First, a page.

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Article ID: 5297

New Treatments for Common GI Conditions

American College of Gastroenterology (ACG)

Press conference from the American College of Gastroenterology to discuss new research and treatments for common GI conditions: heartburn, GERD, ulcers, Chron's disease. Available via telephone.

Released:
31-Oct-1997 12:00 AM EST
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Article ID: 5296

GI Experts Debate Post Phen/Fen Treatments for Obesity

American College of Gastroenterology (ACG)

Post-phen/fen treatment of obesity: surgery or drugs? Experts from the American College of Gastroenterology are available via telephone from the College's Annual Scientific Meeting.

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31-Oct-1997 12:00 AM EST
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Article ID: 5293

Discovery of Two-Faced Gene By W&M Researcher May Yield Cancer Clues

College of William and Mary

The discovery of the "two-faced" gene Pax-5 by a William and Mary research is yielding tantalizing new clues about the genesis of some types of cancer. Pax-5 is a member of a group of genes that have the unusual ability to produce multiple proteins with many different functions, some of which may lead to cancer.

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31-Oct-1997 12:00 AM EST
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Article ID: 5252

Wider use of 'aspirin-a-day' will save lives of people with cardiovascular disease

American Heart Association (AHA)

If more people would take an aspirin when they experience chest pain or other symptoms of a severe heart attack, 5,000 to 10,000 lives could be saved in the United States each year, according to an American Heart Association scientific statement published today in the association's journal Circulation.

Released:
30-Oct-1997 12:00 AM EST
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Article ID: 5251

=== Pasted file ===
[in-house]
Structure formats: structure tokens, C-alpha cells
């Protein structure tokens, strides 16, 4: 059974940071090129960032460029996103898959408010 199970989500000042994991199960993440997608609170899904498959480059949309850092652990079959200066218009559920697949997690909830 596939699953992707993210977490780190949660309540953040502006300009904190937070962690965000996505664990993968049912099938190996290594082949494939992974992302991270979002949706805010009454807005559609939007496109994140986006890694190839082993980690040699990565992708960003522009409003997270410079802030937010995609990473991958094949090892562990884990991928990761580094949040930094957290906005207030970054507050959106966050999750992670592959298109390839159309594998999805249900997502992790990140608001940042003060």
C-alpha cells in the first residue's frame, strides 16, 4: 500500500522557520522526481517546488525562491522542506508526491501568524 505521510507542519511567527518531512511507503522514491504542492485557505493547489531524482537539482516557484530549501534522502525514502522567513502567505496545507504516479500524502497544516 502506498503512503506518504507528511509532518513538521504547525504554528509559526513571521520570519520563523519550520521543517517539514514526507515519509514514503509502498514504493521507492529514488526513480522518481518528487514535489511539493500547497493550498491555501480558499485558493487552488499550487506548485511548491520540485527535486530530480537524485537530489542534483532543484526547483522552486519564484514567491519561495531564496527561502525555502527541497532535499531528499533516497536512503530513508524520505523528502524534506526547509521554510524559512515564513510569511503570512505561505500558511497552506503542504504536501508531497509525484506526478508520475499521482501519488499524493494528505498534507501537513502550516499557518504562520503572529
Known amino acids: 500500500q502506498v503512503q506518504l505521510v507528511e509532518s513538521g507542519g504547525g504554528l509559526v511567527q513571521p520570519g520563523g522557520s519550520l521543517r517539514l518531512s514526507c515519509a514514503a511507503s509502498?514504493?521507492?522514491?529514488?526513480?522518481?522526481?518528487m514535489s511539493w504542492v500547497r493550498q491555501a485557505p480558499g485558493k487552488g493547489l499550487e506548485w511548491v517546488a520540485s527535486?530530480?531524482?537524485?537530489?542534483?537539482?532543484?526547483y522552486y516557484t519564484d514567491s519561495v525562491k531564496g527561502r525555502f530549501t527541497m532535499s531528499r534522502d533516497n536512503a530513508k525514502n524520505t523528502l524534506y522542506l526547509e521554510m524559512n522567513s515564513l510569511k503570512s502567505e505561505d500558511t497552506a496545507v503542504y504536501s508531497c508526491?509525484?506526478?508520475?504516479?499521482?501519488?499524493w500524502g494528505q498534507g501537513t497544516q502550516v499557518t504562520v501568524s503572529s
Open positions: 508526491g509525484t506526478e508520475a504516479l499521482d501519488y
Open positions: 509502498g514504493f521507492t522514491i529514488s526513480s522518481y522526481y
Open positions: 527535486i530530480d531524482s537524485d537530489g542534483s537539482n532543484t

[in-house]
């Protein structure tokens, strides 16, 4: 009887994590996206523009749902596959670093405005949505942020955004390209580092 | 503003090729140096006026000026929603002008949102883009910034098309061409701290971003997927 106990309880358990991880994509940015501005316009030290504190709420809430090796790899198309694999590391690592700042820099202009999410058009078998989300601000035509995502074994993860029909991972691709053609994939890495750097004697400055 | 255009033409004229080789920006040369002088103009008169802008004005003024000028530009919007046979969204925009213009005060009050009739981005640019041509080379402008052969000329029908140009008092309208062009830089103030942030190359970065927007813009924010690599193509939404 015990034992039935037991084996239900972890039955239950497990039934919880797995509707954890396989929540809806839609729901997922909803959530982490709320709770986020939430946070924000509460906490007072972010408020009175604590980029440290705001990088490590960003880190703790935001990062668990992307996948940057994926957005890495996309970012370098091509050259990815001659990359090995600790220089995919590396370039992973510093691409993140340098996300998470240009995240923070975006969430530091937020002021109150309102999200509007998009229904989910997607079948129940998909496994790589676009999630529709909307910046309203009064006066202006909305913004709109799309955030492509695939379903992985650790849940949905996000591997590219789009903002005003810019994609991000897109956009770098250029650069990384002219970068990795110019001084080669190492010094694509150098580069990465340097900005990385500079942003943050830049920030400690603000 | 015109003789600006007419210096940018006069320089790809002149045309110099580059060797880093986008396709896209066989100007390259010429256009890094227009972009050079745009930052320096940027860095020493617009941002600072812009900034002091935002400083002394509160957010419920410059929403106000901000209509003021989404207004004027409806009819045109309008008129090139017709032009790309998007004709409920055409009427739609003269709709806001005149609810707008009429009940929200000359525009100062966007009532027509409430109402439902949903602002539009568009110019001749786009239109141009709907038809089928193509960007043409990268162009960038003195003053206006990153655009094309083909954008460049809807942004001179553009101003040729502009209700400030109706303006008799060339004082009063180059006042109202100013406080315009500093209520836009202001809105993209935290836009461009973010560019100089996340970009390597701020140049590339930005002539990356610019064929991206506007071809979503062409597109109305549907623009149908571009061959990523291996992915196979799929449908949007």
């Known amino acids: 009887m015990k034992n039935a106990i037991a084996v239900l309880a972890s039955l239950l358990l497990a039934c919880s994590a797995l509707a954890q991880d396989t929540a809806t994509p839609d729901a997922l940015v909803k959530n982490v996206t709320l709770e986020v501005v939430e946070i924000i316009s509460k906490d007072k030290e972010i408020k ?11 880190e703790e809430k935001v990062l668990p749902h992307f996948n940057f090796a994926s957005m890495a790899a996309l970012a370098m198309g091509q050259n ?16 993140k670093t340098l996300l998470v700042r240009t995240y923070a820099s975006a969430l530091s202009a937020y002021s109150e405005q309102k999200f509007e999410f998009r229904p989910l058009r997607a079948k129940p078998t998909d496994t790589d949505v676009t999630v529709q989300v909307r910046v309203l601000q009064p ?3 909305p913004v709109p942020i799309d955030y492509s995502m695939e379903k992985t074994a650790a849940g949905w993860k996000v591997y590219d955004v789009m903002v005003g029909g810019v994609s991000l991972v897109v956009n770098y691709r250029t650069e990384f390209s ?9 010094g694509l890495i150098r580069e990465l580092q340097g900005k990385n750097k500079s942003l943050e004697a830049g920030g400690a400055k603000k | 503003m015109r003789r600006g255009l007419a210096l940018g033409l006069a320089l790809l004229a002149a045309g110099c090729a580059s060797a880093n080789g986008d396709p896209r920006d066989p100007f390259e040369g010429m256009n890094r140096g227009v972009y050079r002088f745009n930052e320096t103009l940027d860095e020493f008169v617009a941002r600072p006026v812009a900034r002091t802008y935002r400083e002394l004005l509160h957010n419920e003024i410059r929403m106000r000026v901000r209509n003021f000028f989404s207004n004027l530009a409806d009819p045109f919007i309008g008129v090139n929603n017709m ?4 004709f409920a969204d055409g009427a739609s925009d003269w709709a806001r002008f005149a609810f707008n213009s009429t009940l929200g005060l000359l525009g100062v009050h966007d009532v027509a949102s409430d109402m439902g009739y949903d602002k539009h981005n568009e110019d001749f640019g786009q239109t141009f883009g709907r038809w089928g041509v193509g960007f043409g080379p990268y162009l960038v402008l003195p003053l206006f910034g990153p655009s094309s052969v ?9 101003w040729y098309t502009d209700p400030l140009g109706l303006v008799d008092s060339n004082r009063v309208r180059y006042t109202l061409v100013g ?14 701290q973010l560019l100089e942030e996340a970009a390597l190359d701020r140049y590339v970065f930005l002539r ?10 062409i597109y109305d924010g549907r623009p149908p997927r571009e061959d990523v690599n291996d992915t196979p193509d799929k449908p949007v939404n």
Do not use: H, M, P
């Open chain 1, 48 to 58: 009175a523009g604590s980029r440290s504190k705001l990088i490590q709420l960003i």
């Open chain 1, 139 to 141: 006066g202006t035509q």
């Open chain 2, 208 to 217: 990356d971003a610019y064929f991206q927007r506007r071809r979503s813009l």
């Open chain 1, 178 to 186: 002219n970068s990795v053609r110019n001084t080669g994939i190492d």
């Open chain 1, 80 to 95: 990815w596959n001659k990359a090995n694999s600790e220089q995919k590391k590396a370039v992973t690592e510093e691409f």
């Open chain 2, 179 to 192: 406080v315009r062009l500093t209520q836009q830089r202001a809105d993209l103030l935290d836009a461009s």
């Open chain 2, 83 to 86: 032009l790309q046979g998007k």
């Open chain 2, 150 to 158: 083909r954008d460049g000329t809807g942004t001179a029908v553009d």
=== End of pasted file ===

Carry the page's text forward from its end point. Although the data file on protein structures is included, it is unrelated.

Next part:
GI Experts Advance Dialogue on Gender-Based Medicine

American College of Gastroenterology (ACG)

Dr. Florence Haseltine of the NIH is heading an expert panel put together by the American College of Gastroenterology to discuss gender-based science and its relevance for research and clinical practice. Interviews are available via telephone.

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30-Oct-1997 12:00 AM EST
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Article ID: 5250

New Research Presented on Prevention and Treatment of Colon Cancer: America's #2 Cancer Killer

American College of Gastroenterology (ACG)

This press conference on colon cancer will be held at the Scientific Meeting of the American College of Gastroenterology. Doctors will review new guidelines for screening from the American Cancer Society and other research. The conference is available via telephone.

Released:
30-Oct-1997 12:00 AM EST
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Article ID: 5244

Brain's Serotonin System Declines with Age Shows UPMC Research

University of Pittsburgh Medical Center (UPMC)

The serotonin system, an aspect of the brain's neurochemical structure associated with behavior and mood, has been shown to substantially decline with age, according to research with living humans ages 18-76 at the University of Pittsburgh Medical Center funded by the National Institutes of Mental Health and presented this morning at the annual meeting of the Society for Neuroscience in New Orleans.

Released:
30-Oct-1997 12:00 AM EST
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Article ID: 5243

Health Care Professionals Can Influence Hope in Cancer Patients, U of Minnesota Study Finds

University of Minnesota

Health care professionals can contribute to or lessen hope in cancer patients by the way they communicate, ultimately influencing the patients' ability to cope with the disease, University of Minnesota Cancer Center researchers have found.

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30-Oct-1997 12:00 AM EST
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Article ID: 5242

Gene Therapy Holds Promise For Sickle Cell Disease

NewYork-Presbyterian Hospital/Columbia University Medical Center

Researchers from Columbia University College of Physicians & Surgeons have demonstrated the long-term transfer and high level long-term expression of the normal human beta globin gene in an animal model for the first time. The study, published in the Nov. 1 issue of Blood, may lead to gene therapy for the treatment of sickle cell disease and beta thalassemia, a related disorder.

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30-Oct-1997 12:00 AM EST
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Article ID: 5241

UCSD - Affordable, Hand-Held Biosensor for Diagnostics and Other Chemical Tests Developed by San Diego Scientists

University of California San Diego

A portable,hand-held biosensor capable of detecting a wide range of medically important chemical reactions has been created by a team of researchers from The Scripps Research Insitute of La Jolla, Calif. and the University of California, San Diego.

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30-Oct-1997 12:00 AM EST
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